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Format: Audio CD
Miles Davis’ career spanned nearly five decades, and he was the engine for much change in jazz. From the early be-bop days through his later fusion, Miles covered just about every type of jazz (with the exception of that abomination called “smooth jazz”). From the early records on Prestige, through the seminal Kind of Blue, to later albums like Tutu, Miles embraced change.

The year 1969 was exceptionally fecund, with the recording of two radically different albums: In a Silent Way and Bitches Brew. The former is a collection of slow, almost ambient improvisations; the latter uses a similar approach, but with a powerful rhythm section. Both feature electric instruments and develop Miles’ version of jazz fusion.

In a Silent Way is just over 38 minutes and consists of two songs: Shhh/Peaceful and In a Silent Way/It’s About That Time. Recorded in one day, on February 18, 1969, about three hours of music was used to create these two tracks. With Teo Macero producing Miles for the first time, this record is partly the result of improvisations, partly the result of Macero’s work editing different sections together. For example, on Shhh/Peaceful, Macero took the first six minutes of the track and repeated them at the end, making a piece in three sections which, with this odd edit, works quite well.

While this record could be called fusion, it’s much more. There are electric keyboards, there’s a pulsing beat, but it doesn’t have the rhythmic drive that Bitches Brew shows. Shhh/Peaceful is more rhythmic; In a Silent Way/It’s About That Time shifts between sections that are almost ambient and parts that are more rhythmic. The music is simple, beautiful, and flows like waves.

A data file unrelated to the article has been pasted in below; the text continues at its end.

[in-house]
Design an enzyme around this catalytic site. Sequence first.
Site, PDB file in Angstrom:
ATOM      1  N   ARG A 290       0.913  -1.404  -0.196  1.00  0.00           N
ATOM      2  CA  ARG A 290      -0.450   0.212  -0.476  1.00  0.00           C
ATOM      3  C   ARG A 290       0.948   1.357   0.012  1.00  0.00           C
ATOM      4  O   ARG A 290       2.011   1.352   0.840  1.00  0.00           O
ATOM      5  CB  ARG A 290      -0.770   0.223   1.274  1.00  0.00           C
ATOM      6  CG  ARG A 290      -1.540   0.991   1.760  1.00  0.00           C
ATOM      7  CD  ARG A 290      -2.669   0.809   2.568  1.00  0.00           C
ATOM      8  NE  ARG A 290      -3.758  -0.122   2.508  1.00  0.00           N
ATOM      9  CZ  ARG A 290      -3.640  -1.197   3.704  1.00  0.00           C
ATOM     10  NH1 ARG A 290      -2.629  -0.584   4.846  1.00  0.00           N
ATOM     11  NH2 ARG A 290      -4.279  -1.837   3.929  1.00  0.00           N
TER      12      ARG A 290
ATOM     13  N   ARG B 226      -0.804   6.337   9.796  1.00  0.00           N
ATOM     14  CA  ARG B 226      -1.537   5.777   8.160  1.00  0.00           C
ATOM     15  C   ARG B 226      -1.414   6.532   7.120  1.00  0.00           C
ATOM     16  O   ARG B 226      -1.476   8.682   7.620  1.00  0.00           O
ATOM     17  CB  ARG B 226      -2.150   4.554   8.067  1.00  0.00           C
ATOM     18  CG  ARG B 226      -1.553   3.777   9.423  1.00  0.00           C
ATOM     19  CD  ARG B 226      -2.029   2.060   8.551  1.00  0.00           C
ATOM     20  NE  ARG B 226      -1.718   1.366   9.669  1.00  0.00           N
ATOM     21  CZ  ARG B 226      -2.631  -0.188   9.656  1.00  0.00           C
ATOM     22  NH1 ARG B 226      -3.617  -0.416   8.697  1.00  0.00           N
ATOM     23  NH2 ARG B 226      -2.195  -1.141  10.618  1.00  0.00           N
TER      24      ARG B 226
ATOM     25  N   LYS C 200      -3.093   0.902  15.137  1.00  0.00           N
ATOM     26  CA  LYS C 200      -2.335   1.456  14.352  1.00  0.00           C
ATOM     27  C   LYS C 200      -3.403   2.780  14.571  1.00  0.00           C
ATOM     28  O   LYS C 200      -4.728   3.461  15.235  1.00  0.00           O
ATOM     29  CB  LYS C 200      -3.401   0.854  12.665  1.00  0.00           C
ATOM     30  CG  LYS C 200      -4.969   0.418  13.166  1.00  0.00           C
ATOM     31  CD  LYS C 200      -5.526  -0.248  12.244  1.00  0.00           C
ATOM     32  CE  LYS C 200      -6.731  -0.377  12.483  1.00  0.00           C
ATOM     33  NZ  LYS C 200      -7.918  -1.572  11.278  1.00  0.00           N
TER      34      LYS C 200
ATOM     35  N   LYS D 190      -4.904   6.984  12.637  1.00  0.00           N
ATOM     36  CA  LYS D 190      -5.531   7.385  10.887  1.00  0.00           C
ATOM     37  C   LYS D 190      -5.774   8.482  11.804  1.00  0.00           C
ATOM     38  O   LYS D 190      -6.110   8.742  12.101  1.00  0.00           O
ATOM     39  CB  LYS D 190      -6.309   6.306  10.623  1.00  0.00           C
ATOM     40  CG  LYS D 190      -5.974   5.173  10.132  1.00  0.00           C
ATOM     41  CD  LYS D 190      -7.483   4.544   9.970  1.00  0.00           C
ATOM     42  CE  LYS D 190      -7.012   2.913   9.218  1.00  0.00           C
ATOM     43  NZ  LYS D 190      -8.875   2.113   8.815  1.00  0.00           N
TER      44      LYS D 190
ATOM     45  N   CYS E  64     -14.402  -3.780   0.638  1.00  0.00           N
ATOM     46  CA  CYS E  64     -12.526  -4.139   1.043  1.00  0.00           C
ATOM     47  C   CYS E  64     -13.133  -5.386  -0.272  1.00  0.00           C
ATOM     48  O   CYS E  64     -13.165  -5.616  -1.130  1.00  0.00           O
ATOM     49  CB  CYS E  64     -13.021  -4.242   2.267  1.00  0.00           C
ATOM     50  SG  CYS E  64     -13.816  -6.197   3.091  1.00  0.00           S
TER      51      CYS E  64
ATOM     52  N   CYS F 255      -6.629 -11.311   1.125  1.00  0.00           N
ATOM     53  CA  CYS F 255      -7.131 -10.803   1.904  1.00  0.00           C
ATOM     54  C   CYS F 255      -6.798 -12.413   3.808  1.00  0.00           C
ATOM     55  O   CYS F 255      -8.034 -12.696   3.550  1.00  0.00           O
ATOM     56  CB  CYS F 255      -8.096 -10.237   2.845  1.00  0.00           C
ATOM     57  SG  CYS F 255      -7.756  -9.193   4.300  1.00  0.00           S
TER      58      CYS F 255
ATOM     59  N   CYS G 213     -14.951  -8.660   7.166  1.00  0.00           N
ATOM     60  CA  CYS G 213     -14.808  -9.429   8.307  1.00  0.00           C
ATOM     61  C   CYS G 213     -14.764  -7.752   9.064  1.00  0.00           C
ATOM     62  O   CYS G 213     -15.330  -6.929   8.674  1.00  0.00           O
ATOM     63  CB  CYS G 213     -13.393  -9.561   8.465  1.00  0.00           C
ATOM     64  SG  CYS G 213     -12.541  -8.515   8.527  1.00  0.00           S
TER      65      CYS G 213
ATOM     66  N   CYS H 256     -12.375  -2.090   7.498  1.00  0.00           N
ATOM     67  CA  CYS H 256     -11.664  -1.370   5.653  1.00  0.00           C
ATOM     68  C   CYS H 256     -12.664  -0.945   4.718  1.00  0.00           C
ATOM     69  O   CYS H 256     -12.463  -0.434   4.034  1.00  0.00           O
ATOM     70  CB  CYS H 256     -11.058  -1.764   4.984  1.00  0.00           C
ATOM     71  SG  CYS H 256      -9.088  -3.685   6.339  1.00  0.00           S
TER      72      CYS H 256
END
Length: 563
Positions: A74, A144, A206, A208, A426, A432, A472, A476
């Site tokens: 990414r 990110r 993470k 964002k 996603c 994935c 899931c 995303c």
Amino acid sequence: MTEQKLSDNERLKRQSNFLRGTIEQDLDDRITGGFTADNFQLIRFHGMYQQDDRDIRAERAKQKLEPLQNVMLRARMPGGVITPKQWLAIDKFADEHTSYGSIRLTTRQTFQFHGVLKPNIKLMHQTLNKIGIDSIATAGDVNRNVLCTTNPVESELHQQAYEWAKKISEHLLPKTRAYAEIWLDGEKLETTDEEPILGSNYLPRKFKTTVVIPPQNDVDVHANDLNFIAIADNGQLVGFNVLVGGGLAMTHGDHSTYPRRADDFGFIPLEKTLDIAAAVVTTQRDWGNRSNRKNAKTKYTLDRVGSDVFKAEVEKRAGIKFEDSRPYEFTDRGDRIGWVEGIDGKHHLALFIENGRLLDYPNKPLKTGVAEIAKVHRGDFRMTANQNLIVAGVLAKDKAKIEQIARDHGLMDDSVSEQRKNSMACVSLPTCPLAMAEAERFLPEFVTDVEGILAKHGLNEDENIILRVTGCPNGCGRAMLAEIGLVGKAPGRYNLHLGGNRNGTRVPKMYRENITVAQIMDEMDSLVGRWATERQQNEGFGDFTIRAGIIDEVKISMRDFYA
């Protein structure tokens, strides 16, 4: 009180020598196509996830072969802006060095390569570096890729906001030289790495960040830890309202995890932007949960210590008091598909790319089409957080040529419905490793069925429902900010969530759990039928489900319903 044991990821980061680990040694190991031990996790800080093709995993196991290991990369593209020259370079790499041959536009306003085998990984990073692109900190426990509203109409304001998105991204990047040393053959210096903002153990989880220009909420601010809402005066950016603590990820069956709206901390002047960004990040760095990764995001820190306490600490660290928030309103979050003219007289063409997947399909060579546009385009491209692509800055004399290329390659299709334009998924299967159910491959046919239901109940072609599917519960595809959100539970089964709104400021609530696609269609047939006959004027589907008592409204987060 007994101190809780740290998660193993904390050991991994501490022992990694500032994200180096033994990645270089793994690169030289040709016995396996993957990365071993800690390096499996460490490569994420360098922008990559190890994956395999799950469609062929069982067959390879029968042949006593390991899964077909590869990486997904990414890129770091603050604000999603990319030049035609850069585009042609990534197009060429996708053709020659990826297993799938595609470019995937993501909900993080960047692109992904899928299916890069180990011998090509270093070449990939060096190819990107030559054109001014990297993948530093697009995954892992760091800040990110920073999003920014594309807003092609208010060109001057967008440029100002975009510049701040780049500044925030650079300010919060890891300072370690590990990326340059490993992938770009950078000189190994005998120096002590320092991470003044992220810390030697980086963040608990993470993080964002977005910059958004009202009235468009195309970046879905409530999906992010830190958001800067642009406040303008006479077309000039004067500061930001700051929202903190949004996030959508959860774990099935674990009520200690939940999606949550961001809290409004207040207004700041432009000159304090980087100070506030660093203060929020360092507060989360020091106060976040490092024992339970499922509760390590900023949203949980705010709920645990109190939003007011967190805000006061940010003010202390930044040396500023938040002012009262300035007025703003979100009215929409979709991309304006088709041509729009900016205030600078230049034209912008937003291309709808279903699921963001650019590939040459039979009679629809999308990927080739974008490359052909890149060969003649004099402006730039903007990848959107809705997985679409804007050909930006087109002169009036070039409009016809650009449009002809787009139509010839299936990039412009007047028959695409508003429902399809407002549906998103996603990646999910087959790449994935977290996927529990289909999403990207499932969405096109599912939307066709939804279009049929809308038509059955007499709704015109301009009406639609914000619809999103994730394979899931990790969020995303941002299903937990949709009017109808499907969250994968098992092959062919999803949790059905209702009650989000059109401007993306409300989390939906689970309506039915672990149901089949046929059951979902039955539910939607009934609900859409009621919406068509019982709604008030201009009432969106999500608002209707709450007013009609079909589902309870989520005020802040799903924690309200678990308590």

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By A Customer on 28 May 2004
Format: Audio CD
'In a Silent Way' is one of many, many Miles Davis jazz records that should be taken down and noted by any Jazz lover. It is a little different from the norm, featuring just two tracks - but those two are expansive, brilliantly imagined and produced works of pure art.
Personally, I warm to the second, the title track more than the Corea/Hancock/Zawinul collaboration that is the first track. However, looking at the first one, it is also brilliantly true to form and is mystefying and incredible in itself. It's quiet, sloshing drum beat that runs right through the piece is perfect 'background whispering' to the voices of each of the instruments that ride above it. From Zawinuls organ, to Davis' own brilliant trumpet solos. From all the musicians however, these are never brash, never bold and always tasteful. The sound is complete and the oscilations from deep, magical space right back to quiet humming noise are simply mesmerising.